TORONTO (Reuters) - Real estate markets across Canada posted solid gains over the past decade, and the economic fundamentals remain in place for continued, but more moderate growth, real estate broker Re/Max said on Thursday.
Between 1997 and 2007, average home prices in Canada almost doubled, to C$307,265 ($304,705) in 2007 from C$154,606 in 1997, for a 7.1 percent annually compounded rate of return, Re/Max said.
The number of homes sold nationally rose over 57 percent to more than 500,000 last year from 331,092 in 1997.
“Never before have we seen such a continuous run up in Canadian real estate,” Michael Polzler, an executive vice-president at Re/Max, said in a statement.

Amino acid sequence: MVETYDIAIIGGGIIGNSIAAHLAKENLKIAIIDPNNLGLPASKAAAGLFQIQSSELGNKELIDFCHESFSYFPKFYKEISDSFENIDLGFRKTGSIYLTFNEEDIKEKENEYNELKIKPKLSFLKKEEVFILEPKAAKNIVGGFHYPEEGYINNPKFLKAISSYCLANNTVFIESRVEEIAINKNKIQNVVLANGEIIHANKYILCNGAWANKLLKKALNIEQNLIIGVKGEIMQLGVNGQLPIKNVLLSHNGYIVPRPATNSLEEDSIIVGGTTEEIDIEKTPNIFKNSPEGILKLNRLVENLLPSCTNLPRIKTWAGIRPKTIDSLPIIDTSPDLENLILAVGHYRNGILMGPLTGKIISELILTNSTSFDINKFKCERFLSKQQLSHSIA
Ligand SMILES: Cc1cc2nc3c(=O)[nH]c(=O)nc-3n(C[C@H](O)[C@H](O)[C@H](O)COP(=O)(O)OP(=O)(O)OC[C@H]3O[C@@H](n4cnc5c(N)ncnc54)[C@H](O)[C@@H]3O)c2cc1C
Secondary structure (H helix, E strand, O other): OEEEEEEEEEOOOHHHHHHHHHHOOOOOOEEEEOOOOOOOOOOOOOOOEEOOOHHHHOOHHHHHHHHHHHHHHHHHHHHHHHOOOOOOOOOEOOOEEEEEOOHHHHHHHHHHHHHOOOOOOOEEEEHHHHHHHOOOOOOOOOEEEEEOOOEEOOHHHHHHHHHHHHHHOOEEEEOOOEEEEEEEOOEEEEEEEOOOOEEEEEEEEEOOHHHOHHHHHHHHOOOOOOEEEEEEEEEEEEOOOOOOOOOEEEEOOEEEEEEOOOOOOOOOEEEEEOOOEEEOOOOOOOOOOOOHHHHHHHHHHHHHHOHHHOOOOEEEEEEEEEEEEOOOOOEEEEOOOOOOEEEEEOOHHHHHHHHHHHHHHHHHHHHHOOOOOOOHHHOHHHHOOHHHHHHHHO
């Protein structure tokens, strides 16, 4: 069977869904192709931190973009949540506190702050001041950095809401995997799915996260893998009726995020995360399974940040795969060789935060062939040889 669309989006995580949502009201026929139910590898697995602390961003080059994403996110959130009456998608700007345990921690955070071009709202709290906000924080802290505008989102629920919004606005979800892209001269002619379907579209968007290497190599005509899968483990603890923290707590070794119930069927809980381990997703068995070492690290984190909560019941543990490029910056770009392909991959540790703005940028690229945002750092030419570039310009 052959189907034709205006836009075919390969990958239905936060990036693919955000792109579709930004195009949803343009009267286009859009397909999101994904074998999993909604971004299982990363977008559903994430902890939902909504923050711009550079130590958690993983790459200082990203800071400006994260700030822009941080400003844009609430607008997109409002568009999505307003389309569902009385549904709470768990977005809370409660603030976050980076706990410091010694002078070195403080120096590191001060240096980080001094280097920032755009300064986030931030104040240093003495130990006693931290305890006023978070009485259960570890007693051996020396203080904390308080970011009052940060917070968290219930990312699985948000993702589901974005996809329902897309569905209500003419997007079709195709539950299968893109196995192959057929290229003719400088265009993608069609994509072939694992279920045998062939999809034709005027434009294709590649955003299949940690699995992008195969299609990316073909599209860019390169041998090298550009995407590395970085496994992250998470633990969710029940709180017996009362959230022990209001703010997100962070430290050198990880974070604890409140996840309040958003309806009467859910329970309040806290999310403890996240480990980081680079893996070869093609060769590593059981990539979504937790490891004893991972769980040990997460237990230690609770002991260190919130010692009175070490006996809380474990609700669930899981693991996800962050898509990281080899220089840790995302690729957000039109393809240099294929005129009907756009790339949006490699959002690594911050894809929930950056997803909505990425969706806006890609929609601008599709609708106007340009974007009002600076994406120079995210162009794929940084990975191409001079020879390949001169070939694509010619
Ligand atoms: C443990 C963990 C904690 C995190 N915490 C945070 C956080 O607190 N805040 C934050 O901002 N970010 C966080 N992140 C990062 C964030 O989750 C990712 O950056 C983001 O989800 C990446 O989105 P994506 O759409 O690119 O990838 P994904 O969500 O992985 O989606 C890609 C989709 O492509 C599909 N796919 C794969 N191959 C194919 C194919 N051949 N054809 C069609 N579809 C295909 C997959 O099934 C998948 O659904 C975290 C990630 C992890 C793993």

Low interest rates, a robust job market, and strong consumer confidence were all credited as drivers. Immigration and domestic migration to tap Western Canada’s booming economy also helped lift demand, the report said.
Real estate considered cheap by international standards attracted droves of U.S., European, Middle Eastern and Chinese buyers to the Canadian market over the past decade, according to Re/Max.
The booming energy sector in Western Canada drew job seekers from across the country to that region, helping the housing market lead the way in terms of growth.
“Given the continuation of sound economic fundamentals, it’s expected that residential real estate markets across the country will continue to experience healthy activity, albeit at a more moderate pace,” the report said.
In its 2008 housing outlook, released in the fall, Re/Max said it expected the domestic market to stay strong, but the red-hot growth seen in 2007 would likely cool some, partly due to the economic slump south of the border.
Reporting by John McCrank; Editing by Rob Wilson
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